Balanced City Budget Has 2.5 Percent Civilian Employee Pay Increases, $6 Million For Roads And Infrastructure

Tuesday, May 15, 2018

The Berke administration on Tuesday unveiled a balanced budget that includes a 2.5 percent pay increase for civilian city employees and $6 million for street paving and public infrastructure.

 

The budget, presented to the City Council by Maura Sullivan, chief operating officer, and Daisy Madison, chief financial officer, includes a $262,020,000 budget, which is a 3.39 percent increase over the previous year’s budget.

The capital improvement budget is $152.8 million.

 

There is a six percent rate increase related to the sanity sewer rate increase in FY19 - also know as the Interceptor Sewer System. That rate increase for the ISS is down from the 9.8 percent previously scheduled, it was stated. These dollars are necessary to maintain compliance with the Federal Consent Decree. 

A stormwater rate increase, as part of the Water Quality Fund, is what is currently in front of the Stormwater Board. This fund is used to comply with federal regulations requiring the city to manage stormwater runoff. 

 

Officials said the state IMPROVE by cutting the sales tax on food and eliminating the Hall Income Tax means a loss for the city of $5.3 million over three years.

 

There will be funding for a comprehensive pay study.

 

Budget highlights include:

 

  • More than $1.8 million for the expansion and improvement of early childhood initiatives, including  expansion of our landmark Baby University program and new training support for childcare providers.

  • $1 million to capitalize an Affordable Housing Trust Fund -- the first in Chattanooga’s history -- that will be used to supplement federal funding, various tax incentives, and special grants utilized by local government and its private sector partners to promote affordable, high-quality housing.

  • Funding to address homelessness in Chattanooga, including support of nonprofit partners like Chattanooga Regional Homeless Coalition and Family Promise, as well as funding for a new Interagency Council on Homelessness to coordinate and focus housing strategies.

  • Advancing the Chattanooga Innovation District by activating our public spaces and reimagining several several city-owned properties in the district.

  • Reviving a summer jobs program in the Department of Public Works that will gainfully and meaningfully employ young people when they are out of school and otherwise unprogrammed.

  • Fully funding the Victim Services Unit to help families and neighborhoods heal after incidents of crime.

  • Maintaining full staffing levels at the Chattanooga Fire Department, ensuring their ability to respond rapidly to emergencies and maintain their ISO rating of 1. That includes picking up the costs of 14 firefighters who have been funded by federal grants that are running out.

  • Replacements for computers and technology at Youth & Family Development Centers throughout Chattanooga.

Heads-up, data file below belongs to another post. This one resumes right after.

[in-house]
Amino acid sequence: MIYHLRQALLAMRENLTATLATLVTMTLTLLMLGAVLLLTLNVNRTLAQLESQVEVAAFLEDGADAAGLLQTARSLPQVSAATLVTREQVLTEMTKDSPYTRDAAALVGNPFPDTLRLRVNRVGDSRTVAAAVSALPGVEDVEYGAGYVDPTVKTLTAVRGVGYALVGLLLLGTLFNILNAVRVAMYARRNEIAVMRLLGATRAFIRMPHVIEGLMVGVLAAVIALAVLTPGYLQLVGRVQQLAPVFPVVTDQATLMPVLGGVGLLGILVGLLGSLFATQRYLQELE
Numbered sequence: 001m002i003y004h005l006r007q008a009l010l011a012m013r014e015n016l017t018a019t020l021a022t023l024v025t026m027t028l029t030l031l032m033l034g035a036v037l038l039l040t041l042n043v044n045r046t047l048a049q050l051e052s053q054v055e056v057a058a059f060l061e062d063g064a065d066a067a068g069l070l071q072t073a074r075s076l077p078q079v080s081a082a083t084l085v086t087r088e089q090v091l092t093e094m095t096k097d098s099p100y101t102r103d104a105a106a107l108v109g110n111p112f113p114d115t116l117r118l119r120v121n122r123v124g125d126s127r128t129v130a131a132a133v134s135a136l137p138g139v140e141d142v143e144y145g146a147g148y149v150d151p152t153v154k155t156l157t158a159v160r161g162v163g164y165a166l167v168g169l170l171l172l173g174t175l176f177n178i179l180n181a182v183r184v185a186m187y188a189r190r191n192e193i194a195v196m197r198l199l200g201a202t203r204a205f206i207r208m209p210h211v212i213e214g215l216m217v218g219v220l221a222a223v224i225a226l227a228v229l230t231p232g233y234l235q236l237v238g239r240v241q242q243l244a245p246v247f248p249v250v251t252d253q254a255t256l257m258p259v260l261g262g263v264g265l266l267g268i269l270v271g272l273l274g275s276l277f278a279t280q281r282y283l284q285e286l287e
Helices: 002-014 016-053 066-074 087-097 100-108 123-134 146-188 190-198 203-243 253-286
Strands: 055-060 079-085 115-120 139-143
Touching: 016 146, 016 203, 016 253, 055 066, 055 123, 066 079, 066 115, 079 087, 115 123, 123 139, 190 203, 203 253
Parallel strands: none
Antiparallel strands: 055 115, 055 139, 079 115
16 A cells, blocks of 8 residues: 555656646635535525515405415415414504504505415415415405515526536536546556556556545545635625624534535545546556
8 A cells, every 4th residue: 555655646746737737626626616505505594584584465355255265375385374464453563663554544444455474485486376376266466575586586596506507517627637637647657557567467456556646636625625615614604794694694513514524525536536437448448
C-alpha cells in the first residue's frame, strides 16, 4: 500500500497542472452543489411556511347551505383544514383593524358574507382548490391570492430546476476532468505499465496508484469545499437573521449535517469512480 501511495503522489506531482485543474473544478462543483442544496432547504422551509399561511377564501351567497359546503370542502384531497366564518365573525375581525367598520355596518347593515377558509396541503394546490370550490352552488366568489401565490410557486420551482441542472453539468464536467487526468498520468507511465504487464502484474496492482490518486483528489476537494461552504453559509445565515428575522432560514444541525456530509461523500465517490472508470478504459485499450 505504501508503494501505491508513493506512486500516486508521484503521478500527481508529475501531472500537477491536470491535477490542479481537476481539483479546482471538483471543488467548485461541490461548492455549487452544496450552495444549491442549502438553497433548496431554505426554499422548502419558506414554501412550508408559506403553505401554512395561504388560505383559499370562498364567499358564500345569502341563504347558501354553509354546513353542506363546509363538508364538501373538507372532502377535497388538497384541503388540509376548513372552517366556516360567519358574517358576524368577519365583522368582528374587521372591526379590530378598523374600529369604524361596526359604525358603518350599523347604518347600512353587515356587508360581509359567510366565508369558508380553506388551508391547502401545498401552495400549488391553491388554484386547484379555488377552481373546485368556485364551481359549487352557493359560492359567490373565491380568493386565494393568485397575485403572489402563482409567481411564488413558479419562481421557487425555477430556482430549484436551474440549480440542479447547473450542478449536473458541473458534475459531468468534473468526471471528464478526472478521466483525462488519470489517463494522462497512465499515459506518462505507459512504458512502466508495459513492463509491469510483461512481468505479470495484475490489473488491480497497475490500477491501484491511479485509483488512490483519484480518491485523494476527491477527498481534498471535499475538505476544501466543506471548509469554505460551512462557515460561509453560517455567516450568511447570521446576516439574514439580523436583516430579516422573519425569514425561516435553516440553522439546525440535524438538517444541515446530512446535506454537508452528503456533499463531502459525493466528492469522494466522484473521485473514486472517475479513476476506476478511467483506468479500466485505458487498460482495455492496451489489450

Mayor Berke said, "Chattanooga is a city of creators, and in many ways, the city that we are creating is stronger than ever. We see these results in many ways every day. Our population is growing steadily. We are enjoying historic lows in poverty and unemployment. We’re creating jobs twice as fast as the national economy. Criminal activity is declining steadily. Of course, this is not time to declare victory. Our city faces some big decisions about how we can best build on this momentum. The budgets we present today confront those decisions and chart a bold course forward for Chattanooga.

 

“Based on what we heard from the people of Chattanooga, this budget directs where we should focus tax dollars to sustain our progress and achieve the results that citizens demand and expect. While our economy is healthy, we should make strategic investments in developing more segments of our workforce. We must redouble our efforts to support and serve children in high-risk ZIP codes who deserve every opportunity to live lives of health, happiness, and success. We can do these things while continuing our investments in public safety, growing our innovation economy, beautifying our parks and public spaces, and improving our streets and sidewalks. Importantly, we can make these investments without increasing the tax burden on our residents and small business-owners.”


City officials said, "As in years past, the budgets were crafted through months of public engagement and collaboration with the community through a process called Budgeting For Outcomes. After a core set of community priorities are decided, city departments and local nonprofit agencies submit “offers” to city leaders detailing how they intend to efficiently and effectively achieve the required results. Offers are reviewed and ranked by teams comprised of city staff, budget analysts, and community members before the administration makes funding decisions about each." 

The City of Chattanooga’s fiscal year begins on July 1, necessitating the City Council to approve a spending plan by June 30. Education sessions regarding the details of the mayor's budget will begin next Tuesday. The sessions start at 10 a.m. in the J.B. Collins Room near the City Council meeting room.

 

There will be a public hearing on the city budget on June 12 at 6 p.m. in the council meeting room. The regular meeting of the council will start at 5:30 p.m. that night. 

 

The full budget is here and Tuesday's presentation is here under "Additional Information & Questions."


Additionally, the presentation was streamed on the City's YouTube channel and should be up later Tuesday or on Wednesday, officials said.

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